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Last Updated Friday 25th October 2013

Gateshead 5

Gateshead 5 approaches Wakebridge at the Crich Tramway Village on 10th June 2007.
Photo: Gareth Prior

Gateshead 5 was constructed as part of the modernisation period for the BET operator, choosing to follow the Newcastle "front exit" layout. Gateshead as a tramway system had its issues, particularly with one low bridge near Gateshead Station, and the main cross river link was the nearby High Level Bridge. Single decked trams were a significant part of the fleet to serve routes requiring high capacity and with restricted height clearance on route. The opening of the new Tyne Bridge in 1928, and increasing the height clearance of the railway bridge near Gateshead Station in 1948 by 4 feet, both increased vehicle flexibility.

The new modernisation single deckers were built between 1920 and 1928 Numbered 1 - 20, and 56 - 60, numbers 1, 20, and 56 - 60 were built by Brush, and the remainder built in the own Sunderland Road Works. Built in 1927, number 5 throughout its time in Gateshead had no modifications whatsoever, apart from twin lights fitted to the headlamps along with a mask during the 2nd world War.

The tram had Brill 39E reverse maximum traction bogies with 2 X 25HP DK31A motors. Dick Kerr DB1 controllers and Westinghouse air braking system were fitted. The trolley pole was fitted with a G&DT swivel trolley wheeled head, and the live pole was rope whiplashed over half its upper length. The air brake operated by a combination of interlinking between the wheel and track brake shoes, resulting in a very effective braking system Always operating a ‘front exit’ passenger flow system the saloon had separate smokers and non-smoker’s compartments with a centre partition. Gateshead 5 (along with Gateshead 6) were throughout their lives, apart from 1950 onwards, the exclusively “R.H.Patterson Ford Trams”. In 1950, 5 was repainted with no lining out and all adverts removed, ornate etched coloured glass advert panels were fitted to every side window.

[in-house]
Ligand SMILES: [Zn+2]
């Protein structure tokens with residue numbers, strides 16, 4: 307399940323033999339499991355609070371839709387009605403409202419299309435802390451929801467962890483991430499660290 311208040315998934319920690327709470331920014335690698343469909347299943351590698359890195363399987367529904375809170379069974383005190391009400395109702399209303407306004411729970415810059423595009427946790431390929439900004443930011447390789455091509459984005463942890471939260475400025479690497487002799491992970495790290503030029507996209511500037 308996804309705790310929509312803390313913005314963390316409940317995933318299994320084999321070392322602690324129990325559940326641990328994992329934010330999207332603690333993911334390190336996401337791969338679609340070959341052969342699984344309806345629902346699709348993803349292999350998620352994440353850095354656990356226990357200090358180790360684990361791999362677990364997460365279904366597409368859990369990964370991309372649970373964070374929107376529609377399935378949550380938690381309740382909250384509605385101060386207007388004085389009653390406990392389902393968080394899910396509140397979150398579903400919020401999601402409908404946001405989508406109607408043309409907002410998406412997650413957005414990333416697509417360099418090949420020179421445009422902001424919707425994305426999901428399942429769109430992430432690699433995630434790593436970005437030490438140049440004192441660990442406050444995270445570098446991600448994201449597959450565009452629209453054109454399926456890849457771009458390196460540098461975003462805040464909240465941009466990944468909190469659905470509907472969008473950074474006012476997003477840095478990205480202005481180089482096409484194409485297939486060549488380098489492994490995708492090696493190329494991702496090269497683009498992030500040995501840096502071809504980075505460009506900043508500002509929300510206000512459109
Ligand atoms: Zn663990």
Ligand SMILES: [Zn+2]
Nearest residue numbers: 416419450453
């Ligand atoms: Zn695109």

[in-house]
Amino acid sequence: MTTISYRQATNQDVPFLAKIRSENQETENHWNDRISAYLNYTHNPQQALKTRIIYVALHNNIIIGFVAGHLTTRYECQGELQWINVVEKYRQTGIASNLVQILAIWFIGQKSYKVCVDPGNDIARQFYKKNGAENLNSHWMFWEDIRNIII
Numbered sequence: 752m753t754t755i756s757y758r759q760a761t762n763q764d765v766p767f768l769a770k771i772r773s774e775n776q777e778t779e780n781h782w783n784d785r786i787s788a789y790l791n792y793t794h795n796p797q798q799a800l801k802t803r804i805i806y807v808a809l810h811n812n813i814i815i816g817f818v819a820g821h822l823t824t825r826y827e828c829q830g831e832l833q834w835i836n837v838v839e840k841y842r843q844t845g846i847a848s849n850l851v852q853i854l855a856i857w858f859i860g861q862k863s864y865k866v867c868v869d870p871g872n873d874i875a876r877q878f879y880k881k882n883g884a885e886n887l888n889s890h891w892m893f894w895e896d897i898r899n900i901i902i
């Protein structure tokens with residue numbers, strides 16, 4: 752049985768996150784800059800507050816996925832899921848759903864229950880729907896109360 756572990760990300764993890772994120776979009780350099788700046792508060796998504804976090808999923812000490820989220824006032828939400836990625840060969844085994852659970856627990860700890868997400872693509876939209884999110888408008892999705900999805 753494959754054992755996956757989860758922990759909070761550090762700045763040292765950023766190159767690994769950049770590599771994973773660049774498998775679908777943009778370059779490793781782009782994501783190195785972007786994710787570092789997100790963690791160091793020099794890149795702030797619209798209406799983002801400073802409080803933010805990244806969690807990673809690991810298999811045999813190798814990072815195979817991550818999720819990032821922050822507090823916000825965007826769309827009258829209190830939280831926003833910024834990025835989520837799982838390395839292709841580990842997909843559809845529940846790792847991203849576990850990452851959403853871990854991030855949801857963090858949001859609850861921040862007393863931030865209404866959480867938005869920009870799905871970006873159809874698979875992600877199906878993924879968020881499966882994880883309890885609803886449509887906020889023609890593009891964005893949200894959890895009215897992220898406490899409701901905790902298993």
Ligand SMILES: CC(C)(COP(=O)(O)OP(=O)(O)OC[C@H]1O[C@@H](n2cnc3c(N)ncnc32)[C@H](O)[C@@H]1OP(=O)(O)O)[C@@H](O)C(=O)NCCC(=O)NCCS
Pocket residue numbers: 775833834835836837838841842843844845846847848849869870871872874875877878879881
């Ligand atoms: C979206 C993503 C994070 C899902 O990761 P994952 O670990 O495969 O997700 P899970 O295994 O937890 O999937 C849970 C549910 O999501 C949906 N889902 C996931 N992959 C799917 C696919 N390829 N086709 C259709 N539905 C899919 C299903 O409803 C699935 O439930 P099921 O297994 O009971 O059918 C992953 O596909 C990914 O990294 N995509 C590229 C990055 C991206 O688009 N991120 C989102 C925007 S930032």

Upon the closure of the tramway in 1951, the tram was sold along with many others to the Grimsby & Immingham system becoming their tram number 20.

At Grimsby, advert boards, destination boxes and all ornate brass fittings were removed, the platform open bulkheads were chopped back to allow for new full BR style bulkheads with a sliding centre door, new electrical lighting fitted, all maple ceiling panels removed and replaced with white painted plywood, and roof mounted headlamps. Saloon heaters were also fitted as well as such units for the Motorman! The air braking linkage was modified to only operate on the wheel and not the track brakes. The 39E bogies were at Grimsby never kept with the car bodies. The bogies were overhauled as units, then fitted to bodies as required. In the case of 5, a pair of bogies was chosen deemed to be in good condition; the last decent pair of bogies were placed under 26 for the British Transport collection (now at Beamish).

When the Grimsby & Immingham system closed in 1961, attempts by the TSO to buy a Gateshead tram were prohibitive due to the quoted high sale price. Luckily upon most of the trams being sold to a scrap merchant, it was possible to buy one at a more realistic figure; number 20 being the chosen vehicle.